Saturday, May 12, 2007

Homo ludens

Reflecting yesterday on what I might really be doing here on this blog, I thought of the Dutch historian Johan Huizinga's (1872-1945) suggestion that Homo sapiens could have been named more accurately Homo ludens: playful man, playing man. For I realized that what I do here, however seriously I may on occasion take myself and my "pronouncements," is to assume poses, try on costumes, make faces, strip...have fun...I play more than I do anything else.

And I'm reminded this morning that Shakespeare (1564-1616), as usual, got to it first—or before Huizinga did, at any rate:
Life's but a walking shadow, a poor player
That struts and frets his hour upon the stage,
And then is heard no more; it is a tale
Told by an idiot, full of sound and fury,
Signifying nothing. [Macbeth1 V:v 24-28]
And yet, and yet...King Macbeth was at the end of his tether, at his lowest point, in despair for his lost chance, his wasted life, his wrong choices, his failing as a man. Macbeth was not admirable.

But Zorba, that grand creation of Nikos Kazantzakis (1883-1957), was someone to admire and emulate:
"Life is trouble," Zorba continued. "Death, no. To live—do you know what that means? To undo your belt and look for trouble!" [Zorba the Greek2 p. 8]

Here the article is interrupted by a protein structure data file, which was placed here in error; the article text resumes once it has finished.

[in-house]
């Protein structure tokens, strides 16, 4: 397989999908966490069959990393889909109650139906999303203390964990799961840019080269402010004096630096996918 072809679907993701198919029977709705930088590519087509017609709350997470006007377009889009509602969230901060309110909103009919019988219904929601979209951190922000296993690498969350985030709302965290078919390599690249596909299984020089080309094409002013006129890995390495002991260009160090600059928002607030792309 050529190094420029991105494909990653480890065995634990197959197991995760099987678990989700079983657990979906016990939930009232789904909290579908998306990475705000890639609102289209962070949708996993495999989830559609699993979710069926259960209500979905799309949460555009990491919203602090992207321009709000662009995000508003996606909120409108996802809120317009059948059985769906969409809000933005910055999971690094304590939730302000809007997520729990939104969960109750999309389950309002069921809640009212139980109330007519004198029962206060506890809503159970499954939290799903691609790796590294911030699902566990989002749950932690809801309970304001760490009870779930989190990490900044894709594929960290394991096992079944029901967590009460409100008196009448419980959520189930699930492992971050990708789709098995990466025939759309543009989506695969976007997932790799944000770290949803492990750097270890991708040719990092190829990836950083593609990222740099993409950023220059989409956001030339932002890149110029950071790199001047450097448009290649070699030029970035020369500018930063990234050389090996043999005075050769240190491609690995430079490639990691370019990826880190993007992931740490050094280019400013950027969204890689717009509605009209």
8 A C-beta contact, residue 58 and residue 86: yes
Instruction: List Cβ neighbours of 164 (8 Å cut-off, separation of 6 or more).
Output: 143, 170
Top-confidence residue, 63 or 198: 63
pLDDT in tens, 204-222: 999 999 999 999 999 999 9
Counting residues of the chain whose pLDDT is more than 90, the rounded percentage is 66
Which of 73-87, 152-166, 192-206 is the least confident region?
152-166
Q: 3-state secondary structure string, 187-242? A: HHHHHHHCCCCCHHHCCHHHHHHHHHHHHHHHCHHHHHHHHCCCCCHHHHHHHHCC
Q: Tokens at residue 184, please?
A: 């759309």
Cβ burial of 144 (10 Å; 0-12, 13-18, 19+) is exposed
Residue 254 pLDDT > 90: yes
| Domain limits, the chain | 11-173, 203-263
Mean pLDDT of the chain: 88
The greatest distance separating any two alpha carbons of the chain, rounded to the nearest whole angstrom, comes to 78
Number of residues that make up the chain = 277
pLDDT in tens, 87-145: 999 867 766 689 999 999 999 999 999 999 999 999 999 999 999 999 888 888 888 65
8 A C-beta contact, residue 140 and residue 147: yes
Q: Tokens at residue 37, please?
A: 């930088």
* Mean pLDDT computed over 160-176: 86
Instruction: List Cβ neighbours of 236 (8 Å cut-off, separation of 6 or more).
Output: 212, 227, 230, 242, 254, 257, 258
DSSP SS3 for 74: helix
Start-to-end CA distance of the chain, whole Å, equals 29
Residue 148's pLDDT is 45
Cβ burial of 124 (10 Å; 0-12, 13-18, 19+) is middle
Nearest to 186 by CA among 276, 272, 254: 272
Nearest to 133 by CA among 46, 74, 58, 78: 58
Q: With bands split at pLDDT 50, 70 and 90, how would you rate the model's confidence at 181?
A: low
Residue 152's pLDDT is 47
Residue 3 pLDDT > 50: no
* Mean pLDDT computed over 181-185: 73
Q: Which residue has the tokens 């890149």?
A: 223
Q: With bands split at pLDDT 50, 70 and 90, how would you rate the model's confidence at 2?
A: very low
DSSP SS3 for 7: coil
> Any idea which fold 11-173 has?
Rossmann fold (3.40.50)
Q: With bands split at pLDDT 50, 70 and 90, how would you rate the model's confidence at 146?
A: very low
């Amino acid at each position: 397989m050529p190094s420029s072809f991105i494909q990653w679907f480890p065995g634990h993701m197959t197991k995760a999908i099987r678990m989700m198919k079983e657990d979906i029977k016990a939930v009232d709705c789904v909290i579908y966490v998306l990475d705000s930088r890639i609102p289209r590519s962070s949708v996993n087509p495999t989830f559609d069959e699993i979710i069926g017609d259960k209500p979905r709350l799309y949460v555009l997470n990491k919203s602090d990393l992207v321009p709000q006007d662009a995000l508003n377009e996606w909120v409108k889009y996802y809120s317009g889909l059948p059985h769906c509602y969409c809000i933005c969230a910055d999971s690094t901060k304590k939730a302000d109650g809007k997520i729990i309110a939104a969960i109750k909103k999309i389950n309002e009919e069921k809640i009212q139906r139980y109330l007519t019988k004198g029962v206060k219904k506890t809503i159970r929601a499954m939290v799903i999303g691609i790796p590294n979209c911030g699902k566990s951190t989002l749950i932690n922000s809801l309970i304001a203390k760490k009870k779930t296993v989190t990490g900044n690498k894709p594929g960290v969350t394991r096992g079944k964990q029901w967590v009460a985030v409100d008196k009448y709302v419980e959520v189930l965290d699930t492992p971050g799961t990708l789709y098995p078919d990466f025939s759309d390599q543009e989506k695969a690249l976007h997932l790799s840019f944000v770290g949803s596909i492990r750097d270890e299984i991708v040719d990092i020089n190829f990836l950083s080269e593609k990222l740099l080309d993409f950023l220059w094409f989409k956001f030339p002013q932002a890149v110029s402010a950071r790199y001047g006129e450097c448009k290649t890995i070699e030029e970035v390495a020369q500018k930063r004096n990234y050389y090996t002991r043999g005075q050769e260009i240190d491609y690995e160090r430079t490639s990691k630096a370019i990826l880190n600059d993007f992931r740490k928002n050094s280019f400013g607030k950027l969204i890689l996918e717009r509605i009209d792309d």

The highest point a man can attain is not Knowledge, or Goodness, or Virtue, but something even greater, more heroic and more despairing: Sacred Awe! [p. 24]
And I was also reminded this morning of the subtitle "un interlude" that I have sometimes used for my time-out posts, to quote something just for play before getting back to the seriousness of my blog. I see now that I was misusing the term. Those interludes were merely intermissions between...the acts of my true play.
  1. The Sixteenth Edition of Bartlett's Familiar Quotations devotes four 2-column pages to quotations from Macbeth.
  2. Brought to the screen powerfully by Mihalis Kakogiannis in his 1964 film starring Anthony Quinn as Zorba and Alan Bates as the "aimless Englishman [whose] joyless existence is disturbed when he meets Zorba, a middle-aged Greek with a real lust for life." –John Vogel

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